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MIAMI (CBSMiami) – Just how what to do with the toxic soil at Miami’s Merrie Christmas Park will be the focus of a community meeting on Thursday at City Hall.

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Last weekend, dozens of residents who live around, and use, the park protested the city’s clean up plan which called for redistributing some of the toxic soil and then burying all of it under a new layer of top soil. The trouble is, they said, is that the toxic soil would still be there and spread to other areas of the park.

Residents said the plan could put their health and community at risk.

“You’re basically throwing your residents, your constituents, under the bus not only once but twice. You’re potentially ruining property value,” said Jose Rey.

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Miami Commissioner Marc Sarnoff agrees with the residents. He asked the City of Coral Gables to help pay the additional cost of removing the contaminated soil in the park, rather than just cover it up. The park is across the street from a Gables residential area.

Last Tuesday, the Coral Gables commission met to discuss the idea. Most said they liked the idea of the park being cleaned but didn’t want their taxpayer money to be a part of the clean up.

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Commissioner Vince Lago was the lone supporter of possibly kicking in on the project.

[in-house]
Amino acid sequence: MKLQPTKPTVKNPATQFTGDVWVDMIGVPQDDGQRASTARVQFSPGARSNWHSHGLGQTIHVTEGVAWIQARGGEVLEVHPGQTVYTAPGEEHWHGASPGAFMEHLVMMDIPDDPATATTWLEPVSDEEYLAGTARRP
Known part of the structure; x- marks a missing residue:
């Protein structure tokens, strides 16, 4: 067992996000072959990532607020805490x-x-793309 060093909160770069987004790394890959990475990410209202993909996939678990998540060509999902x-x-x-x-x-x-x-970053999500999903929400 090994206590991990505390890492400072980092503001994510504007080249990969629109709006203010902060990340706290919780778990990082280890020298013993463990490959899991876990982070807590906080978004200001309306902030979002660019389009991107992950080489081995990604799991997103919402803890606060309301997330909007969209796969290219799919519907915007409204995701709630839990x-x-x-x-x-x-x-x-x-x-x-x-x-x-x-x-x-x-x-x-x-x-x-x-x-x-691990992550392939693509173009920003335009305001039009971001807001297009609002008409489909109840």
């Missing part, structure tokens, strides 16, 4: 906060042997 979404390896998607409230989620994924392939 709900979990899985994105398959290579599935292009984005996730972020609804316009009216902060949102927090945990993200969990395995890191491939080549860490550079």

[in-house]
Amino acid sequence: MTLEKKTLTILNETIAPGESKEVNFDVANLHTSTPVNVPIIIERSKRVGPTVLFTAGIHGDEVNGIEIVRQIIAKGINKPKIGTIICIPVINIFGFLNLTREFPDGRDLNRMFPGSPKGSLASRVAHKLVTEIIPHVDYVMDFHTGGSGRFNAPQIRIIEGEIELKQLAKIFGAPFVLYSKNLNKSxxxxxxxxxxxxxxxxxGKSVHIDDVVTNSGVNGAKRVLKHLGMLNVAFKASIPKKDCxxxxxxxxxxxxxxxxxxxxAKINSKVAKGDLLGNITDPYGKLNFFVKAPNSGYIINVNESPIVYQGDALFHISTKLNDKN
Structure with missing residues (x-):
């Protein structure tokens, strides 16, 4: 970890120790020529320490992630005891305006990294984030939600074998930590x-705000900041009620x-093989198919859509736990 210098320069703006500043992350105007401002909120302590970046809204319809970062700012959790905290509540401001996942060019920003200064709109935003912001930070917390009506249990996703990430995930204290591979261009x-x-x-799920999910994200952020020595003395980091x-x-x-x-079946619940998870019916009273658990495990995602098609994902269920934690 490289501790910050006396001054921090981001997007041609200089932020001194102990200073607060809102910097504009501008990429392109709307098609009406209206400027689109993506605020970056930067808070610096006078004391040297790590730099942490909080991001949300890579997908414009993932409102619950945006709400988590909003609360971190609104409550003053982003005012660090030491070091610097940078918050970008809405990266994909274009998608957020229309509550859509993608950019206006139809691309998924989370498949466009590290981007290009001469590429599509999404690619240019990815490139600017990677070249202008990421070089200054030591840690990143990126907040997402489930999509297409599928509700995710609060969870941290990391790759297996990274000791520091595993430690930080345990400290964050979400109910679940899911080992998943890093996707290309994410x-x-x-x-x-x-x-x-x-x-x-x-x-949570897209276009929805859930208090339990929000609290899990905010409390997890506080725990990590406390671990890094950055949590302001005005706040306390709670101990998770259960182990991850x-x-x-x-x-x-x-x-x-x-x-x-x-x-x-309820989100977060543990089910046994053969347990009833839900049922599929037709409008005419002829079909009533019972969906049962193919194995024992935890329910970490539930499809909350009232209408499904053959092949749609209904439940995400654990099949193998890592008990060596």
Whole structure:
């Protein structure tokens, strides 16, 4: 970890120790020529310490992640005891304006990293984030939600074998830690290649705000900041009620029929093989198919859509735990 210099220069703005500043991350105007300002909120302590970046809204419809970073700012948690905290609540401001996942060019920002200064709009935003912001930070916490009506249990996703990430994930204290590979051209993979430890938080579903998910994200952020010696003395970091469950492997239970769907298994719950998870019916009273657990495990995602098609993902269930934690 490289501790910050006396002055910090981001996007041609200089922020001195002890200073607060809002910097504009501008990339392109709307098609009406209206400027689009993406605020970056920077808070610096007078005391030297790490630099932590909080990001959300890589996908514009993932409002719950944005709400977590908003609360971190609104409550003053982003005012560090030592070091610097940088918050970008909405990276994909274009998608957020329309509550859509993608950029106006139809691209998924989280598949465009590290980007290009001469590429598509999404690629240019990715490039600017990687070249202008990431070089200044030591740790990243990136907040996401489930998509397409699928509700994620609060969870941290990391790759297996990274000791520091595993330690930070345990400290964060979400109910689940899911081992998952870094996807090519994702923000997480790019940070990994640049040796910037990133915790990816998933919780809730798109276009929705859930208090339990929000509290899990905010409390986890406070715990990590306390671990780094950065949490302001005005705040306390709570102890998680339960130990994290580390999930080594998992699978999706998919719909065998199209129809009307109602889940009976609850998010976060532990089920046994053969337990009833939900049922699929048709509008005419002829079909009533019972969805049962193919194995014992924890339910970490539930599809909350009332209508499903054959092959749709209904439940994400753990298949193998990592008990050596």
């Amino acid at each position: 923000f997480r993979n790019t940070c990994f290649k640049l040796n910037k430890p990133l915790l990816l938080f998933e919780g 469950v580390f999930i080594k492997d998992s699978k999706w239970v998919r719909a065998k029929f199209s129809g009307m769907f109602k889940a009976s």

After some discussion, commissioners agreed with Lago that the Gables should help Miami in any way it can to get the county or federal government to help fund a more complete cleanup of the park. Sarnoff said the city has reached out to the county and the property appraiser’s office to see if there can be some flexibility in terms of tagging the surrounding homes as being near a contaminated site.  Lago said he would do the same.

The City of Miami said their proposal meets all government regulations and that removing all of the contaminated soil will be too expensive for taxpayers and it’s not the typical procedure the Department of Environmental Resources recommends.

Environmental consultants have told the city burying the contaminated soil under two feet of new, clean earth, will render it harmless to people in the park or to the water supply.

On Thursday Miami-Dade cleanup target levels will be discussed and there will be a presentation on the risk exposure to contamination by Dr. Richard Weisman of the University of Miami Miller School Medicine and Director of the Florida Poison Information Center.

Merrie Christmas Park was one of the six city parks closed due to high levels of toxic metals in the soil linked to ash from a now closed incinerator.

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